Ultimately, what is most interesting about the book is neither the boldness of the $80,000 proposal nor the heroic political assumptions. Rather, it is the historical realities that produced it: The argument arises out of the failure of traditional tax-and-spend policies to make any real dent in inequality. If the economic system continues to produce inequalities that the political system cannot significantly alter, we are likely to see many more efforts to find "some other way."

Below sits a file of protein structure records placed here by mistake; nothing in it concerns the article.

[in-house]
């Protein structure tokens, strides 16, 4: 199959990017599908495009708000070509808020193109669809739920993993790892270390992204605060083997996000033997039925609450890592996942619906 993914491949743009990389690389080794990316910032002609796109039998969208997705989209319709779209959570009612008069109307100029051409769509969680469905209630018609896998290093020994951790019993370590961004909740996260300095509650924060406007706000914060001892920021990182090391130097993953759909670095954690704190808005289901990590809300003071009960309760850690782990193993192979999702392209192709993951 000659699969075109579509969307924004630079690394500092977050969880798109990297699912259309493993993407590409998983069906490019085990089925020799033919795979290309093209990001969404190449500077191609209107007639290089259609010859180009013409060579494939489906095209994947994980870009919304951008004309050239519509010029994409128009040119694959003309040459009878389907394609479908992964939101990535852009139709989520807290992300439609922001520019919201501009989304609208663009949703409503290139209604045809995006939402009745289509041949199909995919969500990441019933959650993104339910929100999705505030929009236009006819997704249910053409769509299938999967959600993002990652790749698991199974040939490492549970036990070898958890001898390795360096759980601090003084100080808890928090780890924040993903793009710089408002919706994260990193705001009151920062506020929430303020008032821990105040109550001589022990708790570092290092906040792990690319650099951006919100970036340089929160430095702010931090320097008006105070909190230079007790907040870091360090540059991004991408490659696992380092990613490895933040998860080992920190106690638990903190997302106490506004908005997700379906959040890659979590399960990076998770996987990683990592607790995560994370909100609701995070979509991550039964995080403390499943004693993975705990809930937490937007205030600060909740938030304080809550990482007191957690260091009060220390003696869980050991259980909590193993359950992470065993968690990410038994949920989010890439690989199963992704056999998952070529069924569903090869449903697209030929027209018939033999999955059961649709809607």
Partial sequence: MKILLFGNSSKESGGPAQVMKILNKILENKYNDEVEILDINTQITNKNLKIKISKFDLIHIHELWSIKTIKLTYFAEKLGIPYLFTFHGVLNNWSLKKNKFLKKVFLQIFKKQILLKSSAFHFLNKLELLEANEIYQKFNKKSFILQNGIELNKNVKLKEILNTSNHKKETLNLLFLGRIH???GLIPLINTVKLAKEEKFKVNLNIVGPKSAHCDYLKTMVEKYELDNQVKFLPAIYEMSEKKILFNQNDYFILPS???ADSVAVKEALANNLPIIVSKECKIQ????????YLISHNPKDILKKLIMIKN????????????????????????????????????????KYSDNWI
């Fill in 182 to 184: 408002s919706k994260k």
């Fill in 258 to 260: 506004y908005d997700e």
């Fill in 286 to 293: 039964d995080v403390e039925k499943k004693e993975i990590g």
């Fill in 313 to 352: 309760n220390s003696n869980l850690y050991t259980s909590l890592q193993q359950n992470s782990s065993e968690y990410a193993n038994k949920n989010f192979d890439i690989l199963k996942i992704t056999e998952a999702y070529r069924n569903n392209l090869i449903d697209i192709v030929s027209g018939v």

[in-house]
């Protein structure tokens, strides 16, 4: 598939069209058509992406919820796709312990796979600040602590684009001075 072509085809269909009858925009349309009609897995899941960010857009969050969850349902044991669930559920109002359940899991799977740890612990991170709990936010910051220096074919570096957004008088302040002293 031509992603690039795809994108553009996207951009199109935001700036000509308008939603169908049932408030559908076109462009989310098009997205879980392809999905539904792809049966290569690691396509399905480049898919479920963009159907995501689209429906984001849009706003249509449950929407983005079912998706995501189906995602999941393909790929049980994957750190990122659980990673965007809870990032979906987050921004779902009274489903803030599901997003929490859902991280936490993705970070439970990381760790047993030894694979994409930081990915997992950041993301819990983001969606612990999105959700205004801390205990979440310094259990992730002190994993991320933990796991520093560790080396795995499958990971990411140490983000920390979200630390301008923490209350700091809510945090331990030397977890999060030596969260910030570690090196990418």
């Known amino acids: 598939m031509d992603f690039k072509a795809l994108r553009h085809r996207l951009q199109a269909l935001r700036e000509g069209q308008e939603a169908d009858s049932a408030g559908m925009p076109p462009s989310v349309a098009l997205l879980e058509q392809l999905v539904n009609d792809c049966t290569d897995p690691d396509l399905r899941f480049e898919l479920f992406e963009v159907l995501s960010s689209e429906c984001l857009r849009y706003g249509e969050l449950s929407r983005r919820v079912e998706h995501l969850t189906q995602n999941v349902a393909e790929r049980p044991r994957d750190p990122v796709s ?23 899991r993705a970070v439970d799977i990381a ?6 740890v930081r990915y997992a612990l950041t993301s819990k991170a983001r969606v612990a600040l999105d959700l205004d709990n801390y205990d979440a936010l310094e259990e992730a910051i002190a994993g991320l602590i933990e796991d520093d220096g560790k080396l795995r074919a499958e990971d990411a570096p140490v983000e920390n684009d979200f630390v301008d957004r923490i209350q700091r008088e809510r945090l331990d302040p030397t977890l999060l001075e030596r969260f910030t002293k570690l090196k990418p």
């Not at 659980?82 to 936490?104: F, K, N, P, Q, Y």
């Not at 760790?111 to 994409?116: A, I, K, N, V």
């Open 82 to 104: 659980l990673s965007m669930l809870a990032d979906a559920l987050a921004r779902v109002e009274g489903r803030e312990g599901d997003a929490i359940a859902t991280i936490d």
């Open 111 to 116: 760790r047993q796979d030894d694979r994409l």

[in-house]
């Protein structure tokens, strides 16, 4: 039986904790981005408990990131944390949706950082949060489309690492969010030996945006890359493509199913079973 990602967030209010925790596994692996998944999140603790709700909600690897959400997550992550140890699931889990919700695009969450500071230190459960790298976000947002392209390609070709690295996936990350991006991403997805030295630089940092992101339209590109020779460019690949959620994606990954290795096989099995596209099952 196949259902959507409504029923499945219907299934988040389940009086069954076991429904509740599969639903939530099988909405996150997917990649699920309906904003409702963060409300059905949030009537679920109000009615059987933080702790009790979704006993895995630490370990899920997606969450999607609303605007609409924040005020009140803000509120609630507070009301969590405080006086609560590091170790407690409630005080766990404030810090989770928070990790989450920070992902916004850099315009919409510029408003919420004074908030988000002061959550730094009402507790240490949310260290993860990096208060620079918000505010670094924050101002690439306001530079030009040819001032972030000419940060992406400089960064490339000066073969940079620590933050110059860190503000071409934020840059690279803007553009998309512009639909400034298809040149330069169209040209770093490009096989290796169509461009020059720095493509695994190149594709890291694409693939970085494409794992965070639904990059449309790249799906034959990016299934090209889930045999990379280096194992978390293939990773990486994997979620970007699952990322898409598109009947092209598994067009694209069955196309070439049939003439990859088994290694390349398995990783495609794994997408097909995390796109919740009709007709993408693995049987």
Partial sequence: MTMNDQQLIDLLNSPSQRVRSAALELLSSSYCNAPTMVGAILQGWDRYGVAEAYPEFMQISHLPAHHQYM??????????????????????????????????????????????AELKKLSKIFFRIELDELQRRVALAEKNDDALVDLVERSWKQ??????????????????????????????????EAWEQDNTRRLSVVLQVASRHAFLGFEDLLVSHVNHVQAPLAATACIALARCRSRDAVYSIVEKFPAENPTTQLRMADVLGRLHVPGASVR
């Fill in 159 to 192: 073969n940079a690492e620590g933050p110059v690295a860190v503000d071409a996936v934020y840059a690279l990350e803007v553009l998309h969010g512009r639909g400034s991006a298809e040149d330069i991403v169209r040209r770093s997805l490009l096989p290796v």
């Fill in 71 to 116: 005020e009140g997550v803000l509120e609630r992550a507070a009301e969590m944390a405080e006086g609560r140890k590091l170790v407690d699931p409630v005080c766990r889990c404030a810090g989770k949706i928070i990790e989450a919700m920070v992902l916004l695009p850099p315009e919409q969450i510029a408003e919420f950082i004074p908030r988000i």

The truth is there is really no direction to go except toward rethinking the ownership of productive capital. Just such a rethinking is, in fact, already well under way among various scholars, journalists, and political figures--and it is finally beginning to break through into wider public discussion. Take, for example, John Roemer, a sophisticated, mathematically oriented Marxist economist who teaches at the University of California at Davis. His proposal for "coupon socialism" would address inequality by giving all citizens a right to corporate dividends and profit flows. (Every adult would receive a number of nontransferable "coupons" entitling him or her to own shares in the nation's businesses through a mutual fund--like arrangement.) U. Mass.-Amherst's Sam Bowles and Herbert Gintis--along with many others--have come forward with detailed proposals in which workers actually own the firms that employ them. They have also proposed variations that open the ownership of competitive enterprises to consumers, local communities, and what might be called other small publics.